Tsunami, mon amour
I hope that you are ten thousand miles away, or have, at least, found high ground. I, too, am far, though it hardly matters where. I can tell you that the crocuses have pushed through the dirt, that white petals have flocked the plum trees, that the robins have returned, that the crows never left. The tide is high, encircling all but the uppermost bit of Seal Rock. There are no seals, they come in summer, but the cormorants will stand there and face the wind, stretching their black wings to dry. There is a volcano to the east, a scattering of islands to the south, and a great stretch of water straight ahead. Were it not for the immensity and curve of the earth, I’d be able to see Japan.
Topography was their tragedy, not only the crashing plates but the flatness of the land.
On a transoceanic flight, I once sat next to a hairdresser, a tiny woman who kept stretching her legs and pointing her toes; she had ample room, as her feet barely reached the ground. She was pregnant at the time, and had a dazed, contented air. She said the young often wanted spiky styles, streaked with red or blue. We swapped airline snacks: my chocolate biscuits for her package of salty peanuts. She lived by a river up north. The Shishiori? I don’t remember.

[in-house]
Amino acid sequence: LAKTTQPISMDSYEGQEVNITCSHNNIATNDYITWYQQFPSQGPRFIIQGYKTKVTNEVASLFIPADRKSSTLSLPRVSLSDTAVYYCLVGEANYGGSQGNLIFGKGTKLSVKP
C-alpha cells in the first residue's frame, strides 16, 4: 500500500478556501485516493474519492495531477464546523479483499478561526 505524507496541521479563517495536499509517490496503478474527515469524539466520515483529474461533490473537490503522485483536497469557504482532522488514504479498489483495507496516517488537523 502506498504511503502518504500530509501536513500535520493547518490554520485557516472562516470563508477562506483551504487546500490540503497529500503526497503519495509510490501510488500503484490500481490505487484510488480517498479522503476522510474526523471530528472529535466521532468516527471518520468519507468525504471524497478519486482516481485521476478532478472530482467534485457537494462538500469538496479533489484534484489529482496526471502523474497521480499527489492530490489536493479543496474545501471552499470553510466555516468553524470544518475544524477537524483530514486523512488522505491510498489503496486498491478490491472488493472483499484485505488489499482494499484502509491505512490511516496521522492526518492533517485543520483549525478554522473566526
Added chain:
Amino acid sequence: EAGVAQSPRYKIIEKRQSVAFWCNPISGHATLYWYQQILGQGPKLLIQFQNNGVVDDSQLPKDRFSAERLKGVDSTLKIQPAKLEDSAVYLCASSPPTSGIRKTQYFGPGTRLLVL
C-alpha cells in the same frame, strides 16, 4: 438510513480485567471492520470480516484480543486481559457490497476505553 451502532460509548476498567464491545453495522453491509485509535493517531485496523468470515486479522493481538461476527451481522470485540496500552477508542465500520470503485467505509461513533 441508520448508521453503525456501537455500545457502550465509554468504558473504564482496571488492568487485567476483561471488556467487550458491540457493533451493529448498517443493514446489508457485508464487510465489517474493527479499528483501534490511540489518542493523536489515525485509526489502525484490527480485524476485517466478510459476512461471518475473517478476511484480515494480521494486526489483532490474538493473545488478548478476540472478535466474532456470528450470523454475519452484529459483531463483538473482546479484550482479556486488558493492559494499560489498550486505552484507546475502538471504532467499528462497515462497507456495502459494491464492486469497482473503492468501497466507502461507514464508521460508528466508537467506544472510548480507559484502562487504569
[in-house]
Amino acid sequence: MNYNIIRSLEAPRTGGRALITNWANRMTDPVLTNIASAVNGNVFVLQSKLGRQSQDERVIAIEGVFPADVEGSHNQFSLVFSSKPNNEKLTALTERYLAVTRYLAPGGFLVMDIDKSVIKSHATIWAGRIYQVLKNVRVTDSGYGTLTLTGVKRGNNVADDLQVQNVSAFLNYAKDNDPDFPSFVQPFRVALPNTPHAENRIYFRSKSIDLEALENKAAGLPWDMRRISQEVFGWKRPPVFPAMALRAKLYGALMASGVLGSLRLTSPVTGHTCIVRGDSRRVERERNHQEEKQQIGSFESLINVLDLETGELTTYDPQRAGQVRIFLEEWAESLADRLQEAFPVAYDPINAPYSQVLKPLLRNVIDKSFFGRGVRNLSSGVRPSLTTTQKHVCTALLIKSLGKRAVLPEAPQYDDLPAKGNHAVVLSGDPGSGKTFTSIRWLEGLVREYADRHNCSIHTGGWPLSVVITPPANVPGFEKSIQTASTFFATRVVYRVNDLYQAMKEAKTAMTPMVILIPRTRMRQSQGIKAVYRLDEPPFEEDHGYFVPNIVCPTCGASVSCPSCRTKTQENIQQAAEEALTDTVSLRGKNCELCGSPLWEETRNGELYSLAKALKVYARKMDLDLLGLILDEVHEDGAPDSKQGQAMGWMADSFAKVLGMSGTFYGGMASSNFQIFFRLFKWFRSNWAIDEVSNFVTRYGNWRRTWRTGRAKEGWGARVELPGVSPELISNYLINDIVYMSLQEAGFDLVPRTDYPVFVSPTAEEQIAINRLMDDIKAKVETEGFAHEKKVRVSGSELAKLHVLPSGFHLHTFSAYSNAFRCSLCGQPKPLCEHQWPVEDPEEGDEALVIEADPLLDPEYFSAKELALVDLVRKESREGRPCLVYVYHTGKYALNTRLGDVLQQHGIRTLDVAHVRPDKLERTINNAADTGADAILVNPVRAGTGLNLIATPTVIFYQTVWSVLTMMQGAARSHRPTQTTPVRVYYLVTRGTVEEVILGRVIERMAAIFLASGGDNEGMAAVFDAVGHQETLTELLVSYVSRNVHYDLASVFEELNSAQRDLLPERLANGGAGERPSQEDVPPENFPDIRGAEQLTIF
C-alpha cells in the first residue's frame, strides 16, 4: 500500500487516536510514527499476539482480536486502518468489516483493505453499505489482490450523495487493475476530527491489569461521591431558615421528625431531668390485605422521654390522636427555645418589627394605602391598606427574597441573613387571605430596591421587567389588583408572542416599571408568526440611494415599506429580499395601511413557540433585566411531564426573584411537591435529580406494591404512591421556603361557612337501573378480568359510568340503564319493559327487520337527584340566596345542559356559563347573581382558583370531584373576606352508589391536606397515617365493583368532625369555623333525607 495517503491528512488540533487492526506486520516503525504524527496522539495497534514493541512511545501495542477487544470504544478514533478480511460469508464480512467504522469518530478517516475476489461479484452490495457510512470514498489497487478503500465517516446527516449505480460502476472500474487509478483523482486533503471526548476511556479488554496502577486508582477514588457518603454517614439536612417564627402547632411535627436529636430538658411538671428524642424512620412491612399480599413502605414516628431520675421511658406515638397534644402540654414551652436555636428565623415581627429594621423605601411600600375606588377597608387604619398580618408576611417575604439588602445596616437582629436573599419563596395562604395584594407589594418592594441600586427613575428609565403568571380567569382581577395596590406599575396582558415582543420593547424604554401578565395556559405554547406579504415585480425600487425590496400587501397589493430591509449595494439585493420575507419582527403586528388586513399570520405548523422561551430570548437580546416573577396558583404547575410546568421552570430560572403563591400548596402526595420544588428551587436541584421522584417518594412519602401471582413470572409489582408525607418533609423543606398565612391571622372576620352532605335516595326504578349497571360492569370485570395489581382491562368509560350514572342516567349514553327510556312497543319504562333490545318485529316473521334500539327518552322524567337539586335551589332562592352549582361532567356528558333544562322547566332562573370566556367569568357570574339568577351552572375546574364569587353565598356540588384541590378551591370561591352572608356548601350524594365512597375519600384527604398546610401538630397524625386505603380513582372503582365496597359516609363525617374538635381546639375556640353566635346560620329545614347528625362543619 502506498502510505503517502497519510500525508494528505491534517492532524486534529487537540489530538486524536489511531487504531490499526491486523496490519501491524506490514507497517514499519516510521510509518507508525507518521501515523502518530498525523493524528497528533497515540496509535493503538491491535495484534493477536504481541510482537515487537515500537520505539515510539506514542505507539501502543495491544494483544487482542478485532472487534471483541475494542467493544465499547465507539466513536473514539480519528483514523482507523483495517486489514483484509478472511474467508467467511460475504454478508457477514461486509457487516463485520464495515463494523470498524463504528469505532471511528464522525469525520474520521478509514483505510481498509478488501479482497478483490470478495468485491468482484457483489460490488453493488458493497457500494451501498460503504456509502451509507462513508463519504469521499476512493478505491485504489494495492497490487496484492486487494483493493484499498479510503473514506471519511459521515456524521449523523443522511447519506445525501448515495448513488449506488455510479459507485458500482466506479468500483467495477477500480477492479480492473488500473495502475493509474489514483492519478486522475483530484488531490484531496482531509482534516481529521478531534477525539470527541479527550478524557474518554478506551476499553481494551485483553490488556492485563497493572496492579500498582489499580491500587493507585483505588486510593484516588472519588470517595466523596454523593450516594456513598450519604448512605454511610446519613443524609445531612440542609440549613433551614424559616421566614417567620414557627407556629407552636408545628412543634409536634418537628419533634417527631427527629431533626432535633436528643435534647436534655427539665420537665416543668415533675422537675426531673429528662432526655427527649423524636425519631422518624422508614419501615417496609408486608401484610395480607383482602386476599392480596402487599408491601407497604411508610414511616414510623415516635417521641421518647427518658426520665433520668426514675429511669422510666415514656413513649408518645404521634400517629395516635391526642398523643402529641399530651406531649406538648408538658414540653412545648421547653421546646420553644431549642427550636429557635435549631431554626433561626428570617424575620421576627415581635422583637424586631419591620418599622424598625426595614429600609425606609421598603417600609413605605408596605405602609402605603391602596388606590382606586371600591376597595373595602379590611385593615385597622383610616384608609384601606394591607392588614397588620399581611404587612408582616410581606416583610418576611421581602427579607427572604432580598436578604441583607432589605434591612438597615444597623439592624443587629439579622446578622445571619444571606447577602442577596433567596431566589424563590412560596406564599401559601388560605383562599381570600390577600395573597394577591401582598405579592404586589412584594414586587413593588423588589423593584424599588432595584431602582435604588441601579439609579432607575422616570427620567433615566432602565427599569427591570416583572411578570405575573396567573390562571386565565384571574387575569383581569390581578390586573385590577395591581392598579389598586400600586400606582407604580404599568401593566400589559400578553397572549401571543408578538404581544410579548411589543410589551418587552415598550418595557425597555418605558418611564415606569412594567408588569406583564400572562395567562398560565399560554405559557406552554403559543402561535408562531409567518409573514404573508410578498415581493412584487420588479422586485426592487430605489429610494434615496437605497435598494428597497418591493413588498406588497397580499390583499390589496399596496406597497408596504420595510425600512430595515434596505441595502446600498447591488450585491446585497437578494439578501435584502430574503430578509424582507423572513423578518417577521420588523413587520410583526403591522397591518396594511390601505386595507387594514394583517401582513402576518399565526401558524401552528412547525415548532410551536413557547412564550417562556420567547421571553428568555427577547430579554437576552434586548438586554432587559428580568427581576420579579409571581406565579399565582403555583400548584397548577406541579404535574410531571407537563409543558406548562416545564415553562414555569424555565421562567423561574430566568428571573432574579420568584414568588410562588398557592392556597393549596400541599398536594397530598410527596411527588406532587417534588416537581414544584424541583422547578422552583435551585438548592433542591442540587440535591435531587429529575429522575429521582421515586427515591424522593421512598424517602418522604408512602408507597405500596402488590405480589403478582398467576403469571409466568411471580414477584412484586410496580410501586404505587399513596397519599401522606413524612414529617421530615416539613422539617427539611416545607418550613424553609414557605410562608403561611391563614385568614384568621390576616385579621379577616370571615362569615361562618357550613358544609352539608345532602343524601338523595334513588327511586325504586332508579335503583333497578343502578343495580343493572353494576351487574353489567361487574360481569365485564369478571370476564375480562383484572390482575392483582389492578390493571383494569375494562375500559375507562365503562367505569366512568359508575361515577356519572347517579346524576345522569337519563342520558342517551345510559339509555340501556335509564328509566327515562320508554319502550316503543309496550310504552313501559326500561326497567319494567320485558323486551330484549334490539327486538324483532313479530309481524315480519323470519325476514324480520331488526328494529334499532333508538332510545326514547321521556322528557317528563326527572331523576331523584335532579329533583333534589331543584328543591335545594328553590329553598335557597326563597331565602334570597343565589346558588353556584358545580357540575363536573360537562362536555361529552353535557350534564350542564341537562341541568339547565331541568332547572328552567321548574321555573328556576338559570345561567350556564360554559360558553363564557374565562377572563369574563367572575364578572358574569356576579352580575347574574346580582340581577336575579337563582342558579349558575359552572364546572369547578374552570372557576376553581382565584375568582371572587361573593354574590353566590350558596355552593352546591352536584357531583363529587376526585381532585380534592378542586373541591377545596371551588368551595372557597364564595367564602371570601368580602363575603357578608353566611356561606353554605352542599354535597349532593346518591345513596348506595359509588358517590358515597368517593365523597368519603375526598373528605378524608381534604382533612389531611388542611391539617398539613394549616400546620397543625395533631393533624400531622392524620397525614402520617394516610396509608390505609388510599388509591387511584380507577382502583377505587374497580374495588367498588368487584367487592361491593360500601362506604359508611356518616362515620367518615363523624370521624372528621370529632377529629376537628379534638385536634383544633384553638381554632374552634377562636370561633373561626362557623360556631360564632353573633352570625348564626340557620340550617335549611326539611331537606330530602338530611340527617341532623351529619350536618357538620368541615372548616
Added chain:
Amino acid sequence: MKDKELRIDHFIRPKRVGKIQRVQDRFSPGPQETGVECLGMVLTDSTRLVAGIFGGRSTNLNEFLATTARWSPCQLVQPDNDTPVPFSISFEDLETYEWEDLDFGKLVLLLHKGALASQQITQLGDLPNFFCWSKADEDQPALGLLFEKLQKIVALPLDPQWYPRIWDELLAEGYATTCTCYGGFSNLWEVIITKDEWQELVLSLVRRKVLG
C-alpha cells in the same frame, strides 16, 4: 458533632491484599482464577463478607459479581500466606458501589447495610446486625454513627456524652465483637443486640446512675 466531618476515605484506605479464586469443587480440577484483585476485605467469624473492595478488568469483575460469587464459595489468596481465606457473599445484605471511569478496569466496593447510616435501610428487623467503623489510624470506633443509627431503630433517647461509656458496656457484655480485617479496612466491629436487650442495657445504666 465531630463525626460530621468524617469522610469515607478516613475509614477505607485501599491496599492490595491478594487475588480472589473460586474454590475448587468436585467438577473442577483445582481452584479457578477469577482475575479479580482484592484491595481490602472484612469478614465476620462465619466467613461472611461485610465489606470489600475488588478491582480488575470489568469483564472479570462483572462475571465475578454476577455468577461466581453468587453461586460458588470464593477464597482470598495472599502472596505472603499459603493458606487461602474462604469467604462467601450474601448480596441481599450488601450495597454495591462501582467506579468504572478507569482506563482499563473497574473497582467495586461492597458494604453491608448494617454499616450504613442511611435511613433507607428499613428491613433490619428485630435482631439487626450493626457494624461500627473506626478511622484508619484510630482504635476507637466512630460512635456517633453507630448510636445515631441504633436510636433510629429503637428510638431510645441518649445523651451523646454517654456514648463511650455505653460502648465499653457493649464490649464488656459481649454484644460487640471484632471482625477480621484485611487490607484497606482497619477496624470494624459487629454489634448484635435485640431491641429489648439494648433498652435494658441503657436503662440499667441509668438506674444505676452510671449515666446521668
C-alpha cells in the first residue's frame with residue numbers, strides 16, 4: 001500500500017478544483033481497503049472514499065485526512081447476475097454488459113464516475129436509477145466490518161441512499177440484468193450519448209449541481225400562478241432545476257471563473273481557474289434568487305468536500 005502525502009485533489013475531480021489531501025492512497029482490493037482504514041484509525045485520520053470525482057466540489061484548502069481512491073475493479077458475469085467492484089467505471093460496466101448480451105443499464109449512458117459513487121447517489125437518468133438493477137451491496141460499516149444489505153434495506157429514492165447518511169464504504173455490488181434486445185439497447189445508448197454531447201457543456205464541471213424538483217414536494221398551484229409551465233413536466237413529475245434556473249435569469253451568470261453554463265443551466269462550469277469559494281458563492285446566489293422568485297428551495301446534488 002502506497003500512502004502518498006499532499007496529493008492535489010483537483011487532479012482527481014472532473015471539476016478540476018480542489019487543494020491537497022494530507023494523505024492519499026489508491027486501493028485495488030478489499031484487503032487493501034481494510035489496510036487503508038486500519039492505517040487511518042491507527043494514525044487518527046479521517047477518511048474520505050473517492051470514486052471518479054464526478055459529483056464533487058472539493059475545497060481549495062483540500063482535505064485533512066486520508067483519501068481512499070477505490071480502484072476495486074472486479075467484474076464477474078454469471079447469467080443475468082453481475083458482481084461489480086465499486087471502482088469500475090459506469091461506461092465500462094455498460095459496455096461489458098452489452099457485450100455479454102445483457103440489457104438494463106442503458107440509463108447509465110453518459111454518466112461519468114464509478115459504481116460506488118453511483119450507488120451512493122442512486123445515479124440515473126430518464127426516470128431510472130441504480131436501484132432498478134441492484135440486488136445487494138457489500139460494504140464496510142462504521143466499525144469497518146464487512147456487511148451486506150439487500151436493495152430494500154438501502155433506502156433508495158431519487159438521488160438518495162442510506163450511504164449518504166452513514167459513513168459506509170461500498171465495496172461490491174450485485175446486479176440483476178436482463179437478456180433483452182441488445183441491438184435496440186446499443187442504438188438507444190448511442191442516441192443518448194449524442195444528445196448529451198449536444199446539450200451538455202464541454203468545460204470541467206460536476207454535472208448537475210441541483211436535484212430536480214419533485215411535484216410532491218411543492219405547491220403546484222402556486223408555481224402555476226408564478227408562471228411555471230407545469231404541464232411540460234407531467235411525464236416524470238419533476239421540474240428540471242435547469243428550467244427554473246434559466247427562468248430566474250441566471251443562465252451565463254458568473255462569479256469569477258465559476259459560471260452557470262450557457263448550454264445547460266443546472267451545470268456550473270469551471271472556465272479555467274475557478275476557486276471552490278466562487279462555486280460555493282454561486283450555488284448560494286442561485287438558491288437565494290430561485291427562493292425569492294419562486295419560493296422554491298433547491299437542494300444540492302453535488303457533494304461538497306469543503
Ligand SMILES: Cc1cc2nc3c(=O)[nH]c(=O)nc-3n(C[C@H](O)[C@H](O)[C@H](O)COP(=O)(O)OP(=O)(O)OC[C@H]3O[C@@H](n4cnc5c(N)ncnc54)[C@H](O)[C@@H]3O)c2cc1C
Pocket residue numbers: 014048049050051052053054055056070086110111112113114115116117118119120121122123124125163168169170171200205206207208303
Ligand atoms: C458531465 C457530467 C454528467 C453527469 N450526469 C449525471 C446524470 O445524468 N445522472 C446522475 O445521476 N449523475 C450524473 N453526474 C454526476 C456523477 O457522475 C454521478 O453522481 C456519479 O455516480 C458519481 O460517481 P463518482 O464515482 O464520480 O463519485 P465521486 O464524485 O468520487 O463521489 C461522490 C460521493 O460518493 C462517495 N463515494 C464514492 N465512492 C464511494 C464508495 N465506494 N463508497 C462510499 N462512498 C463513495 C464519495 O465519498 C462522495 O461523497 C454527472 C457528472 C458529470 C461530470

After the quake, there had been a sucking sound as the ocean drew its waters in. On the island’s blurred edges, there had been nowhere to run, no hill, no place higher than the wave. Rescue workers, speaking softly to reporters, speak of the difficulty of their efforts: the victims are strewn far and wide over low coastal plains, they are hidden, pinned down by debris, they are almost always dead. And natural disaster isn’t the half of it: shaken reactors melting down, radiation pluming up. The hairdresser’s child would be three or four by now. I wish I could place her on a map, know if she might be among those who stayed dry.
On the news: footage of an orderly throng. They wear white paper zip-up suits, their faces are masked with only eyes visible. They are trying to ward off the ionic plague. One of these white clad figures, out of step from the crowd, too far away to see clearly, flicked a V for victory, or was it the peace sign? There was something in the gesture, in the gait, that made me think it could be you, signaling.